Reply Like
      • Annieland
      • YNABbing every day since 2009!
      • Annieland
      • 3 mths ago
      • 1
      • Reported - view

      MXMOM Uhhh you just figured that out?? 😂😂

      Reply Like 1
      • eloquentz
      • Numbers Wizard (Accountant), Acoustic Artist (Musician) and Jill of all Trades (Wife & Mother)
      • eloquentz
      • 3 mths ago
      • 1
      • Reported - view

      MXMOM It is Windows key plus the period button, not the semi colon.

      Reply Like 1
      • Superbone
      • YNAB convert since 2008
      • Superbone
      • 3 mths ago
      • Reported - view

      eloquentz On Win 10, they both work.

      Reply Like
  • Thank you all for your responses.  I feel you are talking as though I don't have enough in the categories I am spending from, which is not the case.

    Maybe I wasn't clear?  I have enough in the categories I'm spending from.  It's just that it would serve me better to continue saving with urgency and save up for these expenses I'm simply paying for now. I can simply pay for these things today, because the balance in most of my categories is many times what I normally spend.

    Budgeting has been very successful for me, I have saved more than I thought possible.  My categories are very fluffy right now.  That is what I feel is holding me back, there is more than I need in most categories and  too many categories I can take money from to cover my current spending choices if necessary.  My budget has lost the feeling of scarcity.  

    I want to take the excess out of my monthly budget, so there isn't more than I truly want to spend monthly in it.  By taking the money off-budget and moving it to a part of my finances I only look at monthly, it no longer stares at me daily, daring me to spend it. Yes, I am a spender..  It would also be in accounts dedicated to the jobs it has in my budget. The two categories I'm thinking about moving off-budget are my True expenses, medical category, and Long Term Goal, vehicle replacement.  They have grown quite large in the five years I have been using YNAB.  I don't know when the expense in these categories will occur, so I simply keep adding to them monthly.  Looking at them in YNAB, it seems I have "lots," which is not true.  Who knows what that next medical emergency will cost or when it will occur?  Who knows when I will need to purchase a replacement vehicle, or how much it will cost?  I don't.  All I know is that what I currently have is not "enough."  I could simply continue to let the category balances increase with additional funding and time, but I have lost the feeling of scarcity.  The main thing I would gain by moving these larger categories off budget is I would get my feeling of scarcity back.  

    Then again, you seem to be telling me it doesn't hurt to keep the money on budget.  Maybe I need to adjust my category balances to get the feeling of scarcity back?  Maybe I am simply fooling myself?  

    Reply Like 1
      • WordTenor
      • Arranged the menu, the venue, the seating.
      • WordTenor
      • 3 mths ago
      • 10
      • Reported - view

      MsTJ  

      Yes. The money that you consider "excess" belongs in your savings categories. That is what everyone is telling you. If you have so much money set aside for your wants that there's no overspending, but you feel anxious that you're not saving enough, then less money needs to be in the categories for your wants, and more needs to be in "medical" and "vehicle replacement."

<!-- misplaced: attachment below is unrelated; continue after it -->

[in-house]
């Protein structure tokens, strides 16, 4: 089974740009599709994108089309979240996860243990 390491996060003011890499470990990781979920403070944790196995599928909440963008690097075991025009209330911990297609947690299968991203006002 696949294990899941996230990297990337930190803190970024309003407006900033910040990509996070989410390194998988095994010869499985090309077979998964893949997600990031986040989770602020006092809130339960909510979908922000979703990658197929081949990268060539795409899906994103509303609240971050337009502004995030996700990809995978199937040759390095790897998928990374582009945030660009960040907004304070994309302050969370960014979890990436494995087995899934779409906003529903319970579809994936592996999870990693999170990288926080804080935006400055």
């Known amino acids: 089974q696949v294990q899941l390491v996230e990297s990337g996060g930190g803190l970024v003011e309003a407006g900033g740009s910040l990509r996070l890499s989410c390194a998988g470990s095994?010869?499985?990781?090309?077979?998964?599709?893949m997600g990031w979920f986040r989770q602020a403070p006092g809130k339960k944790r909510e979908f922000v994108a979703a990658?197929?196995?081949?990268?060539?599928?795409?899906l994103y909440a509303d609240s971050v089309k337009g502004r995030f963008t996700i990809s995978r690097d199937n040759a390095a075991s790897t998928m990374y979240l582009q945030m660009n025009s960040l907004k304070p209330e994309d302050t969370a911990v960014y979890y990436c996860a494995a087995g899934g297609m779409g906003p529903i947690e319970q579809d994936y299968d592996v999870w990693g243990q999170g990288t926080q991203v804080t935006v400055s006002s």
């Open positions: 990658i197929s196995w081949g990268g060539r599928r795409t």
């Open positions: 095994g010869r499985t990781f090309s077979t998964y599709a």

And you do know how much you'll need for a vehicle replacement. This is a knowable figure. How long does your current make and model last, generally? How much does the make and model you think you'd like to replace it with cost now, and how much did it cost 5 years ago? This will give you the ability to estimate what you'll need to have saved by the time you need to buy a new car. When you hit that target, then you start to choose what you do with excess money. Does it become more vacation money? Does it become money for an even nicer car than you thought? That's up to you. The same goes for any other savings category. For medical, many people like to have 2x their maximum out of pocket amount for their insurance, which basically insures against having a major accident or illness right at the turn of a year, so that they could charge the maximum in December and then again in January. There's lots of ways to figure out how much you'd like to have saved--this is something that many here on the boards are experts at and would be happy to help with. But the bottom line is that you started this thread by saying you feel like you're just spending and spending and not saving, so that's why you've gotten the advice to heed your categories. 

      Don't have scarcity for scarcity's sake. There's nothing wrong with having plenty of money for wants. But if you feel like your savings is suffering, then you have to adjust your categories to fix that, and then you have to not take money out of those categories.  You are the one in charge of your priorities. 

      Reply Like 10
      • Annieland
      • YNABbing every day since 2009!
      • Annieland
      • 3 mths ago
      • 1
      • Reported - view

      MsTJ I do understand you have the money to spend in your categories.  My suggestions were to come up with little tricks to encourage you not to WAM from categories you don't intend to.  I mean, you could be one of those people who put their credit cards in a block of ice too.  I doubt it does much for their situation.  I think it's better to make visible positive changes towards goals, rather than pre-punishing yourself for the possibility of negative behavior.